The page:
It is important that participants understand the implications of the fixed gear, how to set up the bike to fit them and how to operate the resistance and emergency brake before they get on the bike. Explain the fixed gear and emergency break before bike set up or allowing participants to get on their bikes.
The fixed gear mechanism/fixed wheel means that the pedals are joined to the weighted flywheel which implies that once the feet are strapped on the pedals the legs are tied to the movement of the flywheel. Freewheeling as on an ordinary bike is not possible. On a fixed gear bike, once the flywheel is in motion momentum keeps it going and the faster it goes the more difficult it is to stop. The speed of the flywheel is controlled by a resistance lever/knob which acts like a calibrated brake that remains at the participant’s selected level and can be increased or decreased as they choose. This facilitates the simulation of hills and flats.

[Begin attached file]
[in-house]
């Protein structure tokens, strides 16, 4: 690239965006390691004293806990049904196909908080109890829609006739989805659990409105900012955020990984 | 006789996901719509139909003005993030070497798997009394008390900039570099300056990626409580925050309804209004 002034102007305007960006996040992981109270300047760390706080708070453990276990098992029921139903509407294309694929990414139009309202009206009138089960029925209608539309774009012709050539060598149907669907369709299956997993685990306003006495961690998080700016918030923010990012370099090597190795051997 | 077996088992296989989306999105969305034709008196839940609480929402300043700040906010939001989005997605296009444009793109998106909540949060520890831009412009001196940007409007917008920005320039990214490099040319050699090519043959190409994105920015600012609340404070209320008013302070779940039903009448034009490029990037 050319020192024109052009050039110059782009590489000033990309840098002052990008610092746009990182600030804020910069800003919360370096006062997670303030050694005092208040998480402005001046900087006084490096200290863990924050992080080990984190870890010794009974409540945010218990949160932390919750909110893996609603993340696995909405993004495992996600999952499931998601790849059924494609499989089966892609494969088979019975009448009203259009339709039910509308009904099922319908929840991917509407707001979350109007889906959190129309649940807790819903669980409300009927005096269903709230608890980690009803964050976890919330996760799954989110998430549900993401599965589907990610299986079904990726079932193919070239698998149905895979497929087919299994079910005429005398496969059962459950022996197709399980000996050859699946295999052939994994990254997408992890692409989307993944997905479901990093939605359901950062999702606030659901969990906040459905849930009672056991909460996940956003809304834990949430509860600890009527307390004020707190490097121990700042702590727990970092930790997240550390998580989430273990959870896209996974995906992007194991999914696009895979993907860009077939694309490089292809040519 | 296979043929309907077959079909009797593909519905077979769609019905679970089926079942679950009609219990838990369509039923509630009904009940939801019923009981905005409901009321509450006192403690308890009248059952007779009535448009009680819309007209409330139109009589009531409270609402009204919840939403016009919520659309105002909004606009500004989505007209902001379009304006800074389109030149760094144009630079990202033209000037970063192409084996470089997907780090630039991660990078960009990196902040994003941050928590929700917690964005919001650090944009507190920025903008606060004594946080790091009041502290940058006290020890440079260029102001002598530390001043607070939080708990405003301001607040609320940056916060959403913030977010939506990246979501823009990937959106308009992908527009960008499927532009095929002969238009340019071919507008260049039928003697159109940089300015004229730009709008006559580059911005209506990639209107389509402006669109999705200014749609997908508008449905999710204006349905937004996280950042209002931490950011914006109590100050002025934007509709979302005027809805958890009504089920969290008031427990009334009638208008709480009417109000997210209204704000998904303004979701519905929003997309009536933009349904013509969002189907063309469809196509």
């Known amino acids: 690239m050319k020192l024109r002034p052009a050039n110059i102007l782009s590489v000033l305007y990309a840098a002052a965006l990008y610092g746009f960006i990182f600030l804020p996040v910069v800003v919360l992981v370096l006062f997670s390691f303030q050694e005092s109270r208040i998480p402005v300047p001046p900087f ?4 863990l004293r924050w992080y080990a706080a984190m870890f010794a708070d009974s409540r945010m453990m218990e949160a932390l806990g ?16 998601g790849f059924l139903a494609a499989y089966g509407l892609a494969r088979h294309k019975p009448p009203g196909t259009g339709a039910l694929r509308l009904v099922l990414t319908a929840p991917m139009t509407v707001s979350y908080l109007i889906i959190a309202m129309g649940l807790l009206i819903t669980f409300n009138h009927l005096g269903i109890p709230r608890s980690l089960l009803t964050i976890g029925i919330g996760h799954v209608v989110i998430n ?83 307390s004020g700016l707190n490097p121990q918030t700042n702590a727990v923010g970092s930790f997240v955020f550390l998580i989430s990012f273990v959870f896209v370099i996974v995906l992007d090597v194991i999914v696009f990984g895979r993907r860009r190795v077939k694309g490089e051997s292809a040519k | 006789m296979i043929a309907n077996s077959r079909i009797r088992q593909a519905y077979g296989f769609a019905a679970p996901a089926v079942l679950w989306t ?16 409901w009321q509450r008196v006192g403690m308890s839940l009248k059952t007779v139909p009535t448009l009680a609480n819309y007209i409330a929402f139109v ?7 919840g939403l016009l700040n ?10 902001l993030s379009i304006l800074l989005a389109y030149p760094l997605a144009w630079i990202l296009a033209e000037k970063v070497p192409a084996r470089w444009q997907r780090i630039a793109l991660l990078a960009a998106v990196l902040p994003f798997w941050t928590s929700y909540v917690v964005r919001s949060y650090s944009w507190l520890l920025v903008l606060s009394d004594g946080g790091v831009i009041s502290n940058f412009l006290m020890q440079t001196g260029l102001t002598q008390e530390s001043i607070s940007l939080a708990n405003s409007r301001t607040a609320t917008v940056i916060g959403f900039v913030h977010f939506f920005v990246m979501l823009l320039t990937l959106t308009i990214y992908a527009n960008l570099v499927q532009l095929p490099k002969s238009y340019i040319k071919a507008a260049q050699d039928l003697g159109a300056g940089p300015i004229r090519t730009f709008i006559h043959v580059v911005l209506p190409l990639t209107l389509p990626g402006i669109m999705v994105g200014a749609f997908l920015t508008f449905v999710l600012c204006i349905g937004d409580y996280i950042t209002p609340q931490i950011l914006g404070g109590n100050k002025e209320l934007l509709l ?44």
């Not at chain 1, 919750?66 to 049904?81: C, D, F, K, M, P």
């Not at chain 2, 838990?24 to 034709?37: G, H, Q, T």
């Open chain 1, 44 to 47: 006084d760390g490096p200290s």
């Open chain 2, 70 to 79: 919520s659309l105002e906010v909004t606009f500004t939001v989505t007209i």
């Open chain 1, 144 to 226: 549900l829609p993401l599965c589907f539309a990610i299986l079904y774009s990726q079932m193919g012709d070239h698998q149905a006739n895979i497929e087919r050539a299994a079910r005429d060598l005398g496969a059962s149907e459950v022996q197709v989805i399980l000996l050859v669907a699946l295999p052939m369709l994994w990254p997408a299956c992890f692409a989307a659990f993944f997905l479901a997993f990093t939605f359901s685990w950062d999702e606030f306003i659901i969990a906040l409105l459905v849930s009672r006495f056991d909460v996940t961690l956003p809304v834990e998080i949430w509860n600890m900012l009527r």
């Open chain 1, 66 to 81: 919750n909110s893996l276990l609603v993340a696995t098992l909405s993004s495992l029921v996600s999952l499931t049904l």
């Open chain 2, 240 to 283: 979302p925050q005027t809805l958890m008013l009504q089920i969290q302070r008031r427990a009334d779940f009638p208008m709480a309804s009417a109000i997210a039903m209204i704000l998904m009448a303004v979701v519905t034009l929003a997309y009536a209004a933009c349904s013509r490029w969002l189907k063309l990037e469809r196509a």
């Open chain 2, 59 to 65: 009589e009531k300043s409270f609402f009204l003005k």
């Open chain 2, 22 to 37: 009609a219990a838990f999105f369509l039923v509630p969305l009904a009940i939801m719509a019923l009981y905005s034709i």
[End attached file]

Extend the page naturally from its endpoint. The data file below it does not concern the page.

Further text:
Stress to participants that for safety they must always cycle with some resistance. They cannot stop pedalling and freewheel like on an ordinary bike, as when the flywheel is moving so are the pedals this means the feet are still in motion (Kory & Seabourne, 1999). If participant’s feet come off the pedals during the class they must apply the emergency brake and move the legs out wide away from the pedals.
Participants should never dismount a bike unless the pedals and the flywheel are at a complete stop (Kory & Seabourne, 1999). Never backpedal on a studio/indoor bike as it causes the knee to hyperextend and can cause the pedal to come detached from the crank arm.
Participants must know :
1. They cannot stop pedalling and free wheel at any stage of the studio cycling class.
2. If their feet come off the pedals then they must apply the emergency brake immediately and move legs out wide instantly.
3. Resistance can be altered to simulate hills and flats but there must always be some resistance for safety.